Postcards from Alien Worlds

Mars Phoenix image

I’m checking NASA’s Phoenix Mars Lander website daily to get updates on the mission and new photos to look at. I find it really fascinating and quite a technological feat to shoot a complicated machine into space, have it travel millions of kilometers over periods of months or years and then land it on another planet. And it still works after everything it went through (well, sort of, there are already some minor problems.) Anyway, I was getting some of the latest photos from the site. The stereoscopic camera on Phoenix only shoots black and white photos, but there is an array of red, green and blue LEDs near the camera. This allows to shoot the scene three times, with different lighting and thus later on compose a colour picture. I tried this myself today with one of the pictures, but it’s of course only a very rough approximation, and nowhere a scientific process. It’s especially difficult since the photos aren’t labeled, so you don’t know with what colour light they were illuminated. I tried some reasoning, since the primary colour on Mars is red, the brightest photo of the series should be the red channel from my naive understanding and so on. The result is what you can see above.

This got me thinking about my favourite space pictures, so here’s a little rundown of some of them, in no particular order. Click on the images to view high-resolution versions.

Huygen\'s view of Titan

  • Huygen’s view of Titan’s surface (2005) – Titan is a moon of Saturn with a very dense atmosphere. The European Huygens probe wasn’t actually able to take colour photos, so the colour in this image was generated from spectra reflection data. Doesn’t look very spectacular, but it’s the first image returned from the surface of another planet’s moon.

Cape Verde on Mars

  • Panorama from “Cape Verde” (2007) – A postcard from Mars taken by the rover Opportunity. The two rovers currently still active on Mars took a lot of great panoramic pictures, I limited myself to only showing two of them here.

Gibson Panorama by Spirit

  • Gibson Panorama (2006) – Here’s my favourite picture taken by the Mars rover Spirit. The fisheye creates a really cool visual effect together with those sharp angled rocks. A very alien landscape.

Solar System Portrait

  • Solar System Portrait (1990) – This mosaic is the first and so far only one to show our solar system from the outside. It was taken by the Voyager 1 probe which is currently the farthest human-made object from Earth, at a distance of 15,800,000,000 km.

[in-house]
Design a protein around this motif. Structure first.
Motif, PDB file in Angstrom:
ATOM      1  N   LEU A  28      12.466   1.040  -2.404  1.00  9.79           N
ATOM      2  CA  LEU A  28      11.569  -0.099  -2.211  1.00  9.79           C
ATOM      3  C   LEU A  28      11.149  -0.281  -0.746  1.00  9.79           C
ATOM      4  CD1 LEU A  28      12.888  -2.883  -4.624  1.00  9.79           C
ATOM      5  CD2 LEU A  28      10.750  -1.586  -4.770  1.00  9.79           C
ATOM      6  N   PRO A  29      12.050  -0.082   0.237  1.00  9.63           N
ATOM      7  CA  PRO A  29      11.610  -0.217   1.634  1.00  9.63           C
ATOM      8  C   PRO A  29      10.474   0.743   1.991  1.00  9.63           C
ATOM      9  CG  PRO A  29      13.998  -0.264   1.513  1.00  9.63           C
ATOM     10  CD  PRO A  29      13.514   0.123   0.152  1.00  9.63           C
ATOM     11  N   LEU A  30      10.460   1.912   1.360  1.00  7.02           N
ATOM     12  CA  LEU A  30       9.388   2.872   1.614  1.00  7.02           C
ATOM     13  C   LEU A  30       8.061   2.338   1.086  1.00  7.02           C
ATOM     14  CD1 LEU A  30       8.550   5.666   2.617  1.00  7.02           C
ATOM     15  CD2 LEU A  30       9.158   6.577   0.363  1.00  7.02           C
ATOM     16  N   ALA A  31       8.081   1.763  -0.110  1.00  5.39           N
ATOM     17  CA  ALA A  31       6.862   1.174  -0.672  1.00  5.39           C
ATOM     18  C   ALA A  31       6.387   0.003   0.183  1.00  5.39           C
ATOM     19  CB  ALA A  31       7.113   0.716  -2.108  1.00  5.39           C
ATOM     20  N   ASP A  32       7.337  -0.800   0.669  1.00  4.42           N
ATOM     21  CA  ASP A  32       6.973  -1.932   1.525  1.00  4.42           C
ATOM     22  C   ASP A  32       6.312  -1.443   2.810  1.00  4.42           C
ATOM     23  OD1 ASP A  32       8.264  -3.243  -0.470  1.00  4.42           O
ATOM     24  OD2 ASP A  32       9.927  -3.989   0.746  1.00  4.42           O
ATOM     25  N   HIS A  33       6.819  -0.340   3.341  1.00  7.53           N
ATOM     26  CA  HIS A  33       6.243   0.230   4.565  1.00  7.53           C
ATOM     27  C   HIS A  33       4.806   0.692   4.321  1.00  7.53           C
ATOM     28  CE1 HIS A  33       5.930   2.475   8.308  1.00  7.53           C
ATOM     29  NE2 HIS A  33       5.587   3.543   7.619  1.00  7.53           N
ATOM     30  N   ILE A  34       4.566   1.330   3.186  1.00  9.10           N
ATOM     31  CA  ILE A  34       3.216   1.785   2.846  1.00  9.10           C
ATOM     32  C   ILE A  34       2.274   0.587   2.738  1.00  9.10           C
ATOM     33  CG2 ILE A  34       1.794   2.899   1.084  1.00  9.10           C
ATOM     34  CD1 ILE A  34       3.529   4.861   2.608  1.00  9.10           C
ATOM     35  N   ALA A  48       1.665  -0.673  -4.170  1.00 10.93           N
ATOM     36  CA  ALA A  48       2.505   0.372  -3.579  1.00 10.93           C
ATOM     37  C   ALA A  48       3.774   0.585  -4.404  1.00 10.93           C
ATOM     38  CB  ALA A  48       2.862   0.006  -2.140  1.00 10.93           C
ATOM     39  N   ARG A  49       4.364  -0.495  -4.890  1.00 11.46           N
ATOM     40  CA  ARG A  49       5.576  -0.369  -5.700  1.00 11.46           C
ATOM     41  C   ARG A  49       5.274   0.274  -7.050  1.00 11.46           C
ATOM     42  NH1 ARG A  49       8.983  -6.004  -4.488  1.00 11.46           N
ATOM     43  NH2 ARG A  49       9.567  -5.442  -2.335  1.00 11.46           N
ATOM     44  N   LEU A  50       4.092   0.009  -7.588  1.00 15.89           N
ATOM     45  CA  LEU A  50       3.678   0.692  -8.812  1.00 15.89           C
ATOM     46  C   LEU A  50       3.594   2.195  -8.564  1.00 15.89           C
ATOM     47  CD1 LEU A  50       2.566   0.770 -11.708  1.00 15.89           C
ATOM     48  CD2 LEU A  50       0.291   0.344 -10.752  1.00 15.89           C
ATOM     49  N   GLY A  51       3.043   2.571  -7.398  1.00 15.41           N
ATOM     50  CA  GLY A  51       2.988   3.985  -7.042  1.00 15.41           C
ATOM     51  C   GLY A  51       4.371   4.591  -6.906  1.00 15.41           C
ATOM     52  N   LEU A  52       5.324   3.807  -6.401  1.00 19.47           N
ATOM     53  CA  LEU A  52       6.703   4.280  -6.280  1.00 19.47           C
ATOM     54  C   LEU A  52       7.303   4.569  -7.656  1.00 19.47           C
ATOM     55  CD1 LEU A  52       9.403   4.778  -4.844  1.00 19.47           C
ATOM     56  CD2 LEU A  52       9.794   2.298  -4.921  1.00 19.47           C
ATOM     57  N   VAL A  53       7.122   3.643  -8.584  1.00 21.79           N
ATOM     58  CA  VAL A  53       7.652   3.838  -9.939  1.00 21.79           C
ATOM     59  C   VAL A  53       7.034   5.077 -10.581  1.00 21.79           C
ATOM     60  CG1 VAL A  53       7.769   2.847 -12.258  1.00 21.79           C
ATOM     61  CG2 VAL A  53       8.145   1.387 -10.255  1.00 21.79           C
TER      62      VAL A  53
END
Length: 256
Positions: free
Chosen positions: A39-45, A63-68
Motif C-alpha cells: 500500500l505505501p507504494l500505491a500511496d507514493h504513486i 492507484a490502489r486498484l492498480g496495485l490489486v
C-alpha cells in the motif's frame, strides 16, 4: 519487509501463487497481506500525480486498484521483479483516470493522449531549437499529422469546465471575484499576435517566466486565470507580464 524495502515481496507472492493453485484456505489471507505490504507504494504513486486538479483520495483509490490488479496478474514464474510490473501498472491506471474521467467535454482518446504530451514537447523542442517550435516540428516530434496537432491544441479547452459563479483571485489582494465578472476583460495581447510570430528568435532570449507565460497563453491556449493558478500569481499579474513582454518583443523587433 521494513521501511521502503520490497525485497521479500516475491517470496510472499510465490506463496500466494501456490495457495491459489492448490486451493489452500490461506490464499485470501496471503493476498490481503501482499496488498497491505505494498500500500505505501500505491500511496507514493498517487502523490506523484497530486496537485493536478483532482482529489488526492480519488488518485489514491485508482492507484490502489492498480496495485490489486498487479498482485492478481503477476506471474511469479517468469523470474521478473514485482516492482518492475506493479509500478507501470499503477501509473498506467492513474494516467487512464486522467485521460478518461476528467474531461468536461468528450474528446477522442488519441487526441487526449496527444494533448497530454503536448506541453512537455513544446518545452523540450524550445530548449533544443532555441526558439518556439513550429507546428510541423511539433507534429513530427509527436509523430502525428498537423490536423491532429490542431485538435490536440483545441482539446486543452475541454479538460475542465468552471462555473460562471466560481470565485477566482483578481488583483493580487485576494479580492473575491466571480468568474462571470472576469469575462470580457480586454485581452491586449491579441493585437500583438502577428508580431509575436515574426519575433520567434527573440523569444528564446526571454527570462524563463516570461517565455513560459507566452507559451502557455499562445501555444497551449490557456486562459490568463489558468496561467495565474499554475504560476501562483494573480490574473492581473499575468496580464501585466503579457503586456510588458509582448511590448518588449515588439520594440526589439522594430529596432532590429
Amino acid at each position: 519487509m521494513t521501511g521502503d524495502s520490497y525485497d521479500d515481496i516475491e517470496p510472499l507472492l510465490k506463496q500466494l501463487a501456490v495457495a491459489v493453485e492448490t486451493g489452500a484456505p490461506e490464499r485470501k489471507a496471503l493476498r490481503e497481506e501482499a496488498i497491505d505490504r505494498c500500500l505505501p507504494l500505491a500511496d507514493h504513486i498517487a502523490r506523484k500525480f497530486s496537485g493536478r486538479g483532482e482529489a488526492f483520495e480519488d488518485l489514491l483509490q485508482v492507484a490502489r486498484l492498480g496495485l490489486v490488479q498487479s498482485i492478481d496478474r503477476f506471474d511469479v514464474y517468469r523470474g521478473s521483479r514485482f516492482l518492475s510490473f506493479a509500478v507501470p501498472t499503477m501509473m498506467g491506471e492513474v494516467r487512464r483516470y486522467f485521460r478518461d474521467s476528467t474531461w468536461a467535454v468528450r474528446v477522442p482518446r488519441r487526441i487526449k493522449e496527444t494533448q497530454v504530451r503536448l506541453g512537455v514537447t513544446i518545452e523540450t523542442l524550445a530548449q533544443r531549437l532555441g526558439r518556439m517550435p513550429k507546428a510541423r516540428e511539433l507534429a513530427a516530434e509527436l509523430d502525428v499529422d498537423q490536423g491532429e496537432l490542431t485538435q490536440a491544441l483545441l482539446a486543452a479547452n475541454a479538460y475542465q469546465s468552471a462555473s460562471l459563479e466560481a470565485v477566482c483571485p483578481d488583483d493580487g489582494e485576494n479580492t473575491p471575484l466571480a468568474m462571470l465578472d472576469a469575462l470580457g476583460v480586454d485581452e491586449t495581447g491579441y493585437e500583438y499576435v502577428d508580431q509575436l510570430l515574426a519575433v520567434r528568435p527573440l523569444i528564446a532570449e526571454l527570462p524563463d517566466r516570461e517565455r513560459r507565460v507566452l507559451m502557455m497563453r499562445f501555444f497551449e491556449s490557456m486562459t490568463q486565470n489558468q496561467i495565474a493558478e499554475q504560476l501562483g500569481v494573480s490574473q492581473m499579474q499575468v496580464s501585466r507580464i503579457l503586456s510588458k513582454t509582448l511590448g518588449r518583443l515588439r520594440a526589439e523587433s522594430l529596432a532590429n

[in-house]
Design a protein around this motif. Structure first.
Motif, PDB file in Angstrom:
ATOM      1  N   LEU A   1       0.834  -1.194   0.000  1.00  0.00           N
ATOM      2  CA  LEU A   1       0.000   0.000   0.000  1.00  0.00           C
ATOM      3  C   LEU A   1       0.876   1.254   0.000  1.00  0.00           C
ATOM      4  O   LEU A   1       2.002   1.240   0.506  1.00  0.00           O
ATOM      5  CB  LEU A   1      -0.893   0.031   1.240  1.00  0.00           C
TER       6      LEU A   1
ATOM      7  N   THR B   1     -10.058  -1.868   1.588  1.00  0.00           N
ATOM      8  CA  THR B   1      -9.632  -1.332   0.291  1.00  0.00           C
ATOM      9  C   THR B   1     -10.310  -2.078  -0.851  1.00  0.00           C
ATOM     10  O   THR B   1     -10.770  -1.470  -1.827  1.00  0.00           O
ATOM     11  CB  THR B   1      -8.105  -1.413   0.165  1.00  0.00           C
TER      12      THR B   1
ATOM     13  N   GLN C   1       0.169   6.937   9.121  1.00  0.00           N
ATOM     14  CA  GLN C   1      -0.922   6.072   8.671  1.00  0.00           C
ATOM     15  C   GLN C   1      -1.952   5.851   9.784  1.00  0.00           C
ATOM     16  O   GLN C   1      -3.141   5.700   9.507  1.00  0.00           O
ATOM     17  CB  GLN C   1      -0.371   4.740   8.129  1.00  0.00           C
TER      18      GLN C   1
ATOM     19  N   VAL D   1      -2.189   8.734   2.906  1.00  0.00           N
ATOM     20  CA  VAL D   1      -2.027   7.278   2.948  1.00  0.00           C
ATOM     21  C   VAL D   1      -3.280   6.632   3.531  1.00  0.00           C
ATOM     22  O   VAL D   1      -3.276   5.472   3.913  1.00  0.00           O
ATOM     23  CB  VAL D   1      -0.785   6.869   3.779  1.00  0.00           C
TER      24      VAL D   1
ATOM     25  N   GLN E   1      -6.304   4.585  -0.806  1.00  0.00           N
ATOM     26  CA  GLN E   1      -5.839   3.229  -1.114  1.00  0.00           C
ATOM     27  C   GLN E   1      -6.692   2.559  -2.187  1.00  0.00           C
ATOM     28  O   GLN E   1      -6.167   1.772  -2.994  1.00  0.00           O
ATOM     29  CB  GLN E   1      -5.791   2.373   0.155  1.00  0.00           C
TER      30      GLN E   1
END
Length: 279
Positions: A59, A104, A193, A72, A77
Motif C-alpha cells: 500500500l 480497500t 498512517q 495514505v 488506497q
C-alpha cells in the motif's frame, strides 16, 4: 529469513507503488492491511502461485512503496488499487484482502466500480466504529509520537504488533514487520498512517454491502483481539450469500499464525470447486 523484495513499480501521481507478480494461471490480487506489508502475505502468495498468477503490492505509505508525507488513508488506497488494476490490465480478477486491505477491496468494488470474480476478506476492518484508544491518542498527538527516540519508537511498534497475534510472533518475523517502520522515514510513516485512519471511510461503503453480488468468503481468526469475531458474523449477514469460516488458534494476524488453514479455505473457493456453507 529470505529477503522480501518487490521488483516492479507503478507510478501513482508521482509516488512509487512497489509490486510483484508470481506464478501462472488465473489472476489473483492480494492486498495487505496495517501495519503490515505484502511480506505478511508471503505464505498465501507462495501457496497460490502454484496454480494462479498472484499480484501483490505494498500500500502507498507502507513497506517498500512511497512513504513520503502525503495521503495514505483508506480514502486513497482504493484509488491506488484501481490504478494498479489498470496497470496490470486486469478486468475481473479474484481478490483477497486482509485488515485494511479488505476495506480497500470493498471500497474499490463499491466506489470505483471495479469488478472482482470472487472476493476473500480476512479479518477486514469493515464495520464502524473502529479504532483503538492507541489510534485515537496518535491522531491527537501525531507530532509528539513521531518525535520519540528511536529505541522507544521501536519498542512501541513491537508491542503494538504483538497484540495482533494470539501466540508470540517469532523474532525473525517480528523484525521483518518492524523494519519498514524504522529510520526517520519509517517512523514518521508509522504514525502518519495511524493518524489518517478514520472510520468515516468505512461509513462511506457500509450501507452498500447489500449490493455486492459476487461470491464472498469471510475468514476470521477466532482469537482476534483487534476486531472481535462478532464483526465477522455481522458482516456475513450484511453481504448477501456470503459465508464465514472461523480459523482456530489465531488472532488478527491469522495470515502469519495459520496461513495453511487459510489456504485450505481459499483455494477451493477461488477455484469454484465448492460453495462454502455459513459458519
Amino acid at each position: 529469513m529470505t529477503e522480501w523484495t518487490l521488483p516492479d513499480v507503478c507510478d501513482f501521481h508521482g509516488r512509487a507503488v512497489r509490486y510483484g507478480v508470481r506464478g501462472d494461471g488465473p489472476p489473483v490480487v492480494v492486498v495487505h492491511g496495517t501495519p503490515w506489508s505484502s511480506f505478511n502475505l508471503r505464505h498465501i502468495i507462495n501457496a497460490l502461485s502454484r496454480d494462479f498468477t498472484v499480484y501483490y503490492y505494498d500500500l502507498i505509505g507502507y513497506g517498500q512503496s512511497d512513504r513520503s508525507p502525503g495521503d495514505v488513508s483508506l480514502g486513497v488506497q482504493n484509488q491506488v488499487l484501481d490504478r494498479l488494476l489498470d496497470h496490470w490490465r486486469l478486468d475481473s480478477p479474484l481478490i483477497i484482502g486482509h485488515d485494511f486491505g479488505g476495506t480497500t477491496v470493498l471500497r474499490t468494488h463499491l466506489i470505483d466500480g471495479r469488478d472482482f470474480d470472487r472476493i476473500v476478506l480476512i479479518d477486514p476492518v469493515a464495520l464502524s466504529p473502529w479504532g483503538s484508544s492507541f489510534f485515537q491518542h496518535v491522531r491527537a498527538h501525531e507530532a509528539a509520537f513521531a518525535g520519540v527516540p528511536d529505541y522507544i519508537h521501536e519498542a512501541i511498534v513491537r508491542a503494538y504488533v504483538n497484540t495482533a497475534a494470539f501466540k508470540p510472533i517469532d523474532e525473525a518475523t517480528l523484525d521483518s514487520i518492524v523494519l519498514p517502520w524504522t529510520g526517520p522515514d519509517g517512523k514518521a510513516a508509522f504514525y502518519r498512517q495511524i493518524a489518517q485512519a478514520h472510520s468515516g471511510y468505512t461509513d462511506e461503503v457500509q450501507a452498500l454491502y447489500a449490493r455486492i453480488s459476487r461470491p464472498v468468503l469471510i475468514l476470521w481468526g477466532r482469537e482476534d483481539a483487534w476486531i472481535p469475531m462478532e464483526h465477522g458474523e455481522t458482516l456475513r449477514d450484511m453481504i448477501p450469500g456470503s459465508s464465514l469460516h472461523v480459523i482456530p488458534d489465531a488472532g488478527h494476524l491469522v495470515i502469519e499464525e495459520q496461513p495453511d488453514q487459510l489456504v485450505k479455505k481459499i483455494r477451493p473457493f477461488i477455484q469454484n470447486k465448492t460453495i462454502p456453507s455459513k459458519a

Jupiter as seen by Cassini

  • Jupiter (2000) – This image mosaic of Jupiter made by Cassini was taken on the way to Saturn, using a gravity assist from the solar system’s largest planet. The cloud structures and colours are really a strange sight, they remind me of marble patterns. Only at a very different scale, the Big Red Spot pictured here is larger than Earth.

Saturn and Earth

  • In Saturn’s Shadow (2006) – This picture has been my desktop background for quite a while now. It’s not only a remarkably surreal picture of Saturn’s back side viewed against the sun (taken by the Cassini orbiter), but if you look closely on the full-size image, there’s a tiny bunch of bright pixels just above the top left of Saturn’s main rings. That’s Earth. Talk about small and insignificant …

Venera 13

  • Venus (1982) – This is a view taken by the Soviet Venera 13 lander. The USSR launched a lot of landers to Venus in the 70s and 80s, some of them made it through and took images in this very hostile environment (extreme pressure and very high temperatures.) These missions were pretty interesting, but you don’t hear a whole lot about them anymore unfortunately. Check out the website on the image link, this guy digitally improved the old Soviet images from the landers.

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3 Responses to “Postcards from Alien Worlds”

  1. MartinMr Says:

    Hi there, great pictures :-) .
    In the piece “In Saturn’s Shadow”, I thought that Earth is this tiny little blue sphere on the left side, a little bit lower than the middle. On the inside Border of the Big blurred ring.
    Are you sure that earth is the bright dot ?

  2. robotriot Says:

    Hi Martin, thanks for your comment.

    According to the original picture description here http://ciclops.org/view.php?id=2230 this is Earth’s location: “Interior to the G ring and above the brighter main rings is the pale dot of Earth.” If you take a look at this picture on Wikipedia http://en.wikipedia.org/wiki/Image:Saturn_outer_rings_labeled.jpg you can see which ring is the G ring, so it should be clear when compared to the other picture. I don’t know what the bright dot is you refered to, it isn’t even mentioned in the original description. Maybe it’s one of Saturn’s moons?

  3. MartinMr Says:

    Big thanks for the links and explanation

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